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August 08, 1928 - Image 2

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Publication:
Michigan Daily, 1928-08-08

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PAGE TWO

THE SUMMER MICHIGAN DAILY

WEDNESDAY, AUGUST 8, 1928

. .

Published every morning except Monday dur.
ing the University Summer Session by the
Hoard in Control of Student Publications.
The Associated Press is, exclusively en-
tided to the use for republication of all news
dispatches credited to it or not otherwise
credited in this paper and the local news
published herein.
Entered at the Ann Arbor, Michigan, post-
office as second class matter.
Subscription by carrier= $.so; by mail, $1.7S.
OfficeA Press Building, Maynard Street,
Ann Arbor, Michigan.
EDITORIAL STAFF
Telephone 4996
MANAGING EDITOR
J. STEWART HOOKER
Editorial Directors........George E. Simons
Martin Mol
City Editor............Lawrence R. Klein
Fatur9 Editor..............Eleanor Scribner
Masic and Drama Editor.......Stratton Buck
Books Editors..........Kenneth G. Patrick
Kathryn Sayre

__

Alx Bochuow~
Robert Docket
Howard Shout
Margaret Zahn
Isabel Charles

Night Editors
'ski
ray
Cla
Reporters

Martin Mol
George Simons
arence Edelson
Robert O'Brien

m

R

BUSINESS STAFF
Telephone 2114
BUSINESS MANAGER
RAY WACHTER]
Advertising.............. Lawrence Walkley
Advertising................Jeannette Dale]
Accounts...................Whitney Manning1
Circulation.................Bessie V. Egelane
Assistants]
Samuel Lukens Lillian Korvinsky
Janet Logiec
WEDNESDAY, AUGUST 8, 1928 t
Night Editor-HOWARD SHOUT
TODAY'S BALLOTi
Students and members of the faculty
of the University will have an oppor-
tunity today to express their prefer-t
ences for the next president of thet
United States. Of course there can
be nothing decisive in the results from
the point of view of actually electing
the nation's next chief executive, but
It will at least indicate the general
trend of opinion on the campus. r
Perhaps the voters today will riot
experience a igreat deal of satisfaction
because of the fact that their votes
will not count in the actual determin-
ation of a president, and for that rea-
son it perhaps should not be consid-
ered an opportunity fr m the sund-
point of the individual. It is an op-1
potunity, however, to allow thoset
who are sincerely interested in poli-
ties to learn something of the opin-
ions, held by a selected. group of in-
telligent individuals such as the facul-
ty and student body of a great uni-
versity. Unless a very great percen-
tage of those on the campus this
summer cast a ballot the results can
h othing but unreliable. The more
votes that are cast, the more signifi-
cant does the result become.
It is often said, and it apparently
is based upon a partial truth, that
educated people who are best quali-
fled to expres's an opinion on matters
pertaining to the welfare of the na-
tion are uninterested and neglectful.
It seems to b the popular belief that
politics are so rotten than an hon-
est vote does not count. Certainly
honest votes will not count when they
are not cast, nor will the desires of
intelligent voters be fulfilled until
more of them take time to be good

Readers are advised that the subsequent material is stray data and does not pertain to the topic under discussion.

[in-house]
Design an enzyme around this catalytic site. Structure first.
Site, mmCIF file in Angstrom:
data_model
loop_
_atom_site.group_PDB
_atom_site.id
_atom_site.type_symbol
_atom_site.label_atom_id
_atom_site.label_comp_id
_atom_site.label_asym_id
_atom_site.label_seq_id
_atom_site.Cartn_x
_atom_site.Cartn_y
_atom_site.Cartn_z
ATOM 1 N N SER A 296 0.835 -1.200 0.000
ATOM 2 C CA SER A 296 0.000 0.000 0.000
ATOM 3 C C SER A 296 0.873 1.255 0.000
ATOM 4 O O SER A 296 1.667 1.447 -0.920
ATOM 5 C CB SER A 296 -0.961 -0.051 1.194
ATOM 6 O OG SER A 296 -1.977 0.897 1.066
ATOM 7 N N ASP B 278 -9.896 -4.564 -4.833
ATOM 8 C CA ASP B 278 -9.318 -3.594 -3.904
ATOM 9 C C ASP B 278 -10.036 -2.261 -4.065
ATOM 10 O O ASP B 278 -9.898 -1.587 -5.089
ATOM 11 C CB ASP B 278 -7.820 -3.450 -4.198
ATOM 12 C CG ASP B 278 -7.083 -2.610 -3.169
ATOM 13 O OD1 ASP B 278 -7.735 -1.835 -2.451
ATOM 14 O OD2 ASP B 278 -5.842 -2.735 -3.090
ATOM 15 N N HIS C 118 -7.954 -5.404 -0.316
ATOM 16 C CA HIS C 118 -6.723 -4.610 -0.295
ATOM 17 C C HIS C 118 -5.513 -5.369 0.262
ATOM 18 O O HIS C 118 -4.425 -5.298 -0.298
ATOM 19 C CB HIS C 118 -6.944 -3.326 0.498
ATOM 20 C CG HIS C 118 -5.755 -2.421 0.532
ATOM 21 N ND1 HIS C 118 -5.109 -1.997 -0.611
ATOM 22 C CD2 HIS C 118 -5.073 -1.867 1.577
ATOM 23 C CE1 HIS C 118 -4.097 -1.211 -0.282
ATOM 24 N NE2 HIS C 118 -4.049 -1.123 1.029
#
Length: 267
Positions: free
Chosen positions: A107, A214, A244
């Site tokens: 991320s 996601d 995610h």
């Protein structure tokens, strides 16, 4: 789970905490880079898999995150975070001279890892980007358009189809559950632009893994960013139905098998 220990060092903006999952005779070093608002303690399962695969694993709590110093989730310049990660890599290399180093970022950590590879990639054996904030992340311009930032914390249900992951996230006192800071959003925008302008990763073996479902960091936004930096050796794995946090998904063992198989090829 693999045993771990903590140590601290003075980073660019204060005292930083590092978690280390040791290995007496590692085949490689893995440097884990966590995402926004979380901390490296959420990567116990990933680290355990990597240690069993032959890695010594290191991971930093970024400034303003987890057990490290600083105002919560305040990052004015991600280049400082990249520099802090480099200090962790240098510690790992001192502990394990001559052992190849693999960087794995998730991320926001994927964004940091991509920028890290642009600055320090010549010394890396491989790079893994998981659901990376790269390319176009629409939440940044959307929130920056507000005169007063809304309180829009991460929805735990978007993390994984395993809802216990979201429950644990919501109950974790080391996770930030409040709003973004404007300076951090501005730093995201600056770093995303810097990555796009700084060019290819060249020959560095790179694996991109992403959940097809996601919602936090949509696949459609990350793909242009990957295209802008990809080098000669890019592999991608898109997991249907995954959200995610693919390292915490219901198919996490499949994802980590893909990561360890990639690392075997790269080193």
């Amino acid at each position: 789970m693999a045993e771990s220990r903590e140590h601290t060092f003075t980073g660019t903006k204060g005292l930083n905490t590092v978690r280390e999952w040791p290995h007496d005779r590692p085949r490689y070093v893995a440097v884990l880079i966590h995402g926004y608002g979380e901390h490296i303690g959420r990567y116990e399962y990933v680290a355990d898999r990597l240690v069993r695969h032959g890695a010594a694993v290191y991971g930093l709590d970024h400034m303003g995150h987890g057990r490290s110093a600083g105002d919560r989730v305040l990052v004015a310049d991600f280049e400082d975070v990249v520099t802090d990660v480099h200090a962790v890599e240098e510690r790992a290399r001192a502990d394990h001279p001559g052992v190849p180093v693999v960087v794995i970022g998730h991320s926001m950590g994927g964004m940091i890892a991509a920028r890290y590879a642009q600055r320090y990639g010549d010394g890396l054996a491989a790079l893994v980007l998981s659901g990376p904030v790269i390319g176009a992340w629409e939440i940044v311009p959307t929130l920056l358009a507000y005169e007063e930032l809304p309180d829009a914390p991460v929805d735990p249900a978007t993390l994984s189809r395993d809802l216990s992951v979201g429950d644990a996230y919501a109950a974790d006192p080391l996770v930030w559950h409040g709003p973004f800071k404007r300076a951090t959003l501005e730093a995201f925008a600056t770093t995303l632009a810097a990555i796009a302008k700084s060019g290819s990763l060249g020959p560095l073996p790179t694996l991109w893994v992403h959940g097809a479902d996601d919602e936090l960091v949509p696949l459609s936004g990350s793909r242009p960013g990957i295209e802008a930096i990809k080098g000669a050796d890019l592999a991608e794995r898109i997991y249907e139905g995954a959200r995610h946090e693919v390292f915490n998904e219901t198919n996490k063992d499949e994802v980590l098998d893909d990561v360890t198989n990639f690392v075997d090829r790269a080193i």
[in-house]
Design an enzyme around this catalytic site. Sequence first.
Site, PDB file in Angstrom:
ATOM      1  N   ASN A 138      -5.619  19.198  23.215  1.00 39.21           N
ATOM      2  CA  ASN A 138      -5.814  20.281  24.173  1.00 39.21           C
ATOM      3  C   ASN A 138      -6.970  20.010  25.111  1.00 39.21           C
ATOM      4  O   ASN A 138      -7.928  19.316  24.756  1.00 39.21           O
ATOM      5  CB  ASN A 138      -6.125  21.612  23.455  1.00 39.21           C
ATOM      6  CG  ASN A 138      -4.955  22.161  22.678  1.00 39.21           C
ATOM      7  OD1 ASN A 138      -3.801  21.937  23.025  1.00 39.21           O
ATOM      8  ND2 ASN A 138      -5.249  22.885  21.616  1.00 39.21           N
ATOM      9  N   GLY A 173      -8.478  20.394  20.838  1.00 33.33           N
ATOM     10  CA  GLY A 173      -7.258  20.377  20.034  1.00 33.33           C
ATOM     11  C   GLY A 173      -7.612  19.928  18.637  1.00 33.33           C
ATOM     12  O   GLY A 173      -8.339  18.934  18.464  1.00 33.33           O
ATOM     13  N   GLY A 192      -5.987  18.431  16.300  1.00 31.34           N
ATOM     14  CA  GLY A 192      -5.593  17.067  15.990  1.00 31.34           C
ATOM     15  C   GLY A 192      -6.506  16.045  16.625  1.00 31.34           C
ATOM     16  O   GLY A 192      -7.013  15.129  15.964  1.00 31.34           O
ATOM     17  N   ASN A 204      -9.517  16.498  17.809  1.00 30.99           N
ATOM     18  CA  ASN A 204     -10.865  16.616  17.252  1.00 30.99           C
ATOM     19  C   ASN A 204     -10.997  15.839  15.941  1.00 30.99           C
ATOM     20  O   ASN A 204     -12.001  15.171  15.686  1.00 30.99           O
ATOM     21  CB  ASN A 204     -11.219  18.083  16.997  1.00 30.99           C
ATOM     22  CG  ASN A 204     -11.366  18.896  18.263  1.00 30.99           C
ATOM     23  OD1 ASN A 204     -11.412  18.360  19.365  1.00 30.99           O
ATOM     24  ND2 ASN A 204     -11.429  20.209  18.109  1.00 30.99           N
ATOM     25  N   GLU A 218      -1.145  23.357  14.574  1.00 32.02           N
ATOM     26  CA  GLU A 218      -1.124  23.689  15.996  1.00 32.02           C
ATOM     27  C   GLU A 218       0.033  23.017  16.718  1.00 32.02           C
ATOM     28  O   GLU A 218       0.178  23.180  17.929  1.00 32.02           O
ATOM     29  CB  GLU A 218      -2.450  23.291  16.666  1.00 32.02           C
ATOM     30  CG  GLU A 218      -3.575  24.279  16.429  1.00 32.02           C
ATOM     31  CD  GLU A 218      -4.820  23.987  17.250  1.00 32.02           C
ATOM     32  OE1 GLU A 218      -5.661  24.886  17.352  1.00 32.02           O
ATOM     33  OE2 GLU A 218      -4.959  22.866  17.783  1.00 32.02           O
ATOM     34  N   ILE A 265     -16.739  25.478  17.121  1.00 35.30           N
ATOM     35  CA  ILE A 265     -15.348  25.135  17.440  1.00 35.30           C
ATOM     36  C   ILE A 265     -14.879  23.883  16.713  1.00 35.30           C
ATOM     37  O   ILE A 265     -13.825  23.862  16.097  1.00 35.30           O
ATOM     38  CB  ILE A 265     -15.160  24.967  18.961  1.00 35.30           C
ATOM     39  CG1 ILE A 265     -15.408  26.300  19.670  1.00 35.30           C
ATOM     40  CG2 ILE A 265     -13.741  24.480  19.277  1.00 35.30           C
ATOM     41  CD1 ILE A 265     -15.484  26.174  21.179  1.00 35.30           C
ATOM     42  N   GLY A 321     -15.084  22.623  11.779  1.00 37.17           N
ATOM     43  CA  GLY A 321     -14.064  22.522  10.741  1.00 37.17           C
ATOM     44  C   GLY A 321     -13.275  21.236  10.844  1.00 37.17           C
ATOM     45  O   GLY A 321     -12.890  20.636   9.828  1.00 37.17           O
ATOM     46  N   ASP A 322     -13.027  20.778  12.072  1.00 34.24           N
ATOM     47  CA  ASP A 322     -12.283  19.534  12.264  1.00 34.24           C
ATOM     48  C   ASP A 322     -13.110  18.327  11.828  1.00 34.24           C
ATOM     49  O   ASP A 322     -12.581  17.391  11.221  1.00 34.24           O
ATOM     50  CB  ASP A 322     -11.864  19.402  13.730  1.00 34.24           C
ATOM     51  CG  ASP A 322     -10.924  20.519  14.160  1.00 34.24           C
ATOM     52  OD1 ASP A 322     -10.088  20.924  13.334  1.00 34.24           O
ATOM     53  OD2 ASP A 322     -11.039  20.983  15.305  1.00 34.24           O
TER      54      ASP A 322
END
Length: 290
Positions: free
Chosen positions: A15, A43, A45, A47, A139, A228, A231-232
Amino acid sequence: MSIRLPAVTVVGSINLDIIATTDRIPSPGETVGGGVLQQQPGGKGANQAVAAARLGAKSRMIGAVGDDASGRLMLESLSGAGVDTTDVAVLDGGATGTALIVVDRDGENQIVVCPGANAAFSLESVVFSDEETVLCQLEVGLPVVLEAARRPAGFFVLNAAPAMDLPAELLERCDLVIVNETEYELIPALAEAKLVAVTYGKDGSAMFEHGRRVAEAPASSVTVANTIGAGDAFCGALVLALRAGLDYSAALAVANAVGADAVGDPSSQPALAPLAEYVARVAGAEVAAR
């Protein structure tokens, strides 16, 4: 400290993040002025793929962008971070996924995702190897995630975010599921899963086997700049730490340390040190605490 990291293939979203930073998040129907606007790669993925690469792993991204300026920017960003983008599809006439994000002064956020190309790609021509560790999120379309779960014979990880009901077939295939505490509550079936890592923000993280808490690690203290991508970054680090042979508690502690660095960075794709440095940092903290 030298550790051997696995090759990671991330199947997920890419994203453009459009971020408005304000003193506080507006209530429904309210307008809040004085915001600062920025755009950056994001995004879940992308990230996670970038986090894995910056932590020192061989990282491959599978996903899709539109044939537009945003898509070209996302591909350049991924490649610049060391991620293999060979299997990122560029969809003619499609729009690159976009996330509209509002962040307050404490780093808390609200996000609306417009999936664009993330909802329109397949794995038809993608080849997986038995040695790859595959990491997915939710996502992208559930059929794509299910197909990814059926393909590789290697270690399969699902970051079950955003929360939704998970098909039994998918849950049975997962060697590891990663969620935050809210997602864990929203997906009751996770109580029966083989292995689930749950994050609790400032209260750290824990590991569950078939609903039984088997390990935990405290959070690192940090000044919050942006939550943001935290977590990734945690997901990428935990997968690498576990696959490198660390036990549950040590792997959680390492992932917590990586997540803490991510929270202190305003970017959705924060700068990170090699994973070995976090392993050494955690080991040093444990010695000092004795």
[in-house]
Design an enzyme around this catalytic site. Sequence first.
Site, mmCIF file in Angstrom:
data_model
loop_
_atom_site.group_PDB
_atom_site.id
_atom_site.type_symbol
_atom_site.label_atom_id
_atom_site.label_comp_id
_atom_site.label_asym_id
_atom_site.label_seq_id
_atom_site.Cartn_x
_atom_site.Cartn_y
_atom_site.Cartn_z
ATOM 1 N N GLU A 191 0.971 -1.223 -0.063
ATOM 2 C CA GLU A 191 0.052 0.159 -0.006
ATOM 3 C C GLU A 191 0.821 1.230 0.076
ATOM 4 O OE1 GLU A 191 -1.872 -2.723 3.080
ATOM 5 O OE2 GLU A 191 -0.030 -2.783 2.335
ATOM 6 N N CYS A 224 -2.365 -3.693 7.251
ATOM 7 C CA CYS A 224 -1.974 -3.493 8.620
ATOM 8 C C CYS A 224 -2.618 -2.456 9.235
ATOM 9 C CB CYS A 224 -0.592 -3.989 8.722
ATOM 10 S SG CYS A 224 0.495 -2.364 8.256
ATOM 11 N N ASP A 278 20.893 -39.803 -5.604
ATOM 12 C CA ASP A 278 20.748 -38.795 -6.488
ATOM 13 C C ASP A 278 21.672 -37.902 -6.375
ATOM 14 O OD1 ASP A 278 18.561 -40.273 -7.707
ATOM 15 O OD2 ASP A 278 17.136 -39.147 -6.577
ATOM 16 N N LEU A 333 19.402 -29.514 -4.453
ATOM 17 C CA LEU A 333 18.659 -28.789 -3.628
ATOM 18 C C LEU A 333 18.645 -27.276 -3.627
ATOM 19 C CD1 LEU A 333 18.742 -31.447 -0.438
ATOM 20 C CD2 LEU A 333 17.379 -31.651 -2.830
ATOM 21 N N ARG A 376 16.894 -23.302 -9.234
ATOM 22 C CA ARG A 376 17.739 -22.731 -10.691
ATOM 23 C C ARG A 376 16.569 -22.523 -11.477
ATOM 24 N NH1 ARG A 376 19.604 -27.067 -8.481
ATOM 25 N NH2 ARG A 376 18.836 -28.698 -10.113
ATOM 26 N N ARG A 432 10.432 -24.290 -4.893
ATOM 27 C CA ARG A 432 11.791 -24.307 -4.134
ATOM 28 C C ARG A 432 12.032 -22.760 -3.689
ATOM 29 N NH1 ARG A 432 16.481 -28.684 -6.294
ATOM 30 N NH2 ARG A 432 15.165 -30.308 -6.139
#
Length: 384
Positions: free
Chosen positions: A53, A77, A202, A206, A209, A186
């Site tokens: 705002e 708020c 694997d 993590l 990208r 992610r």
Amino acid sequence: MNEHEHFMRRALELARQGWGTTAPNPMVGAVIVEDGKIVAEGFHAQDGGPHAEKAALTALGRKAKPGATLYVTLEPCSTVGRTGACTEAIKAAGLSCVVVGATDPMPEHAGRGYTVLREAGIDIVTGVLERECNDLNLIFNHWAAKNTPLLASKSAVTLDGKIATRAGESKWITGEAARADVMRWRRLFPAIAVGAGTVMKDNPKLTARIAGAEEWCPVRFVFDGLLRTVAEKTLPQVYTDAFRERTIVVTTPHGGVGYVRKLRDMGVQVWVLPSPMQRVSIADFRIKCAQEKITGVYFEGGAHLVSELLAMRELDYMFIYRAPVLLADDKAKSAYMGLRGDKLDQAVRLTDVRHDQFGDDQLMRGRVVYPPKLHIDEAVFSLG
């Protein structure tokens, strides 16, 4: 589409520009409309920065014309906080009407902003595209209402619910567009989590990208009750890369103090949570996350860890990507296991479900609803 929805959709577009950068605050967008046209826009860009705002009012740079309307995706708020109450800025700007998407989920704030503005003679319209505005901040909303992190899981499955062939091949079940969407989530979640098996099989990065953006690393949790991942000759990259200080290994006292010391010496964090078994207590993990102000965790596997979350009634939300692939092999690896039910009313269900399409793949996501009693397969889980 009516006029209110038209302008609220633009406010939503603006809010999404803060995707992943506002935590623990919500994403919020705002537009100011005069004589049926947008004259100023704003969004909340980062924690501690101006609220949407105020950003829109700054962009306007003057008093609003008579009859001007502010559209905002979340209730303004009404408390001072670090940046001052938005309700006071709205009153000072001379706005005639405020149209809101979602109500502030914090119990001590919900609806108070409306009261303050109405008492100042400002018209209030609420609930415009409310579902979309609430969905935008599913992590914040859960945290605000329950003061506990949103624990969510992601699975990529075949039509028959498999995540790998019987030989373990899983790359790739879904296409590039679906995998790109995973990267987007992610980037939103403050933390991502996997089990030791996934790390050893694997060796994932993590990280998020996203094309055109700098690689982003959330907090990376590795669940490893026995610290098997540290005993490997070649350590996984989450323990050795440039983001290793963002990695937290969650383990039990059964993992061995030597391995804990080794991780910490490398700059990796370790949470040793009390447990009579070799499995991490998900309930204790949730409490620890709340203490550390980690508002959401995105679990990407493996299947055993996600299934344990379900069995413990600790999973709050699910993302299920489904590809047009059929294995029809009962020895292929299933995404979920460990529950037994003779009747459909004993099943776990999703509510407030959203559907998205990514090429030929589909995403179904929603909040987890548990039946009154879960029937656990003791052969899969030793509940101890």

citizens. This will be a chance to
begin expressing educated opinions.
Who will occupy the White House
for the next four years is a matter
of vital interest to all of us, and a
display of genuine opinion on this
matter will be somewhat of a contra-
diction of the idea that students have
no serious iterests. This idea is so
often expressed than an opportunity
to correct it should be considered a
privilege. To those students who are,
during the regular session, occupied
in some profession this will be an op-
portunity (to express an opinion
moulded by education and actual ex-
perience.
The women's vote will be strong to-
day, and should be a ;good indication
of the general opinion of women
which is really a strong factor in the
determination of national questions
since their enfranchisement.
Today's balloting will not only be
indicative of the party preference
of the majority of the student body,
but will show the opinion of intel-
ligent people in regard to the policies
which each candidate supposedly up-
holds. In fact, many votes will prob-
ably be determined by that rather than
by partisanship alone, and that is a
great factor in intelligent voting.
Individual opinion is of conse nec-
cessary to form mass opinions and it

is only in the event that a large por-
tion of the student body responds that
the ballot will become representative
enough to fulfill its purpose, that of
determining the general attitude of
a selected- group of people. For that

reason every student and faculty mem-
ber should make it a point to ex-
press his or her opinion before the
polls close.
COLLEGE STARS IN THE OLMPICS
How have college-trained athletes
fared in the Olympics? That is a
question that is often asked and it
has been answered in part by a set
of statistics compiled by James Tay-
lor, Columbus '05, which include the
results of the eight meets previous
to the one going on at the present
time.
The highest 'point-scorer of all is
Ray, Ewry of Purdue university who
won nearly all of the jumping events
at the Paris, St. Louis, Athens, and
London Olympic games from 1900 to
1908 inclusive. The second high in-
dividual scorer was Ralph Rose of
Michigan who earned 27 points for
his country during his Olympic com-
petition.
Of the 1,2122 2-3 points scored by
the United States in these eight
games, 894 2-3 points were scored by
college-trained men, while 11 1-4
were scored by preparatory school.
athletes. So far this year college
athletes have taken a good share of
Points too.$
These facts may indicate the su-
periority of college training, or they
may simply mean only that the col-
lege athlete has more time which he
can devote to training and benefits
only ?nsofarasrlength of training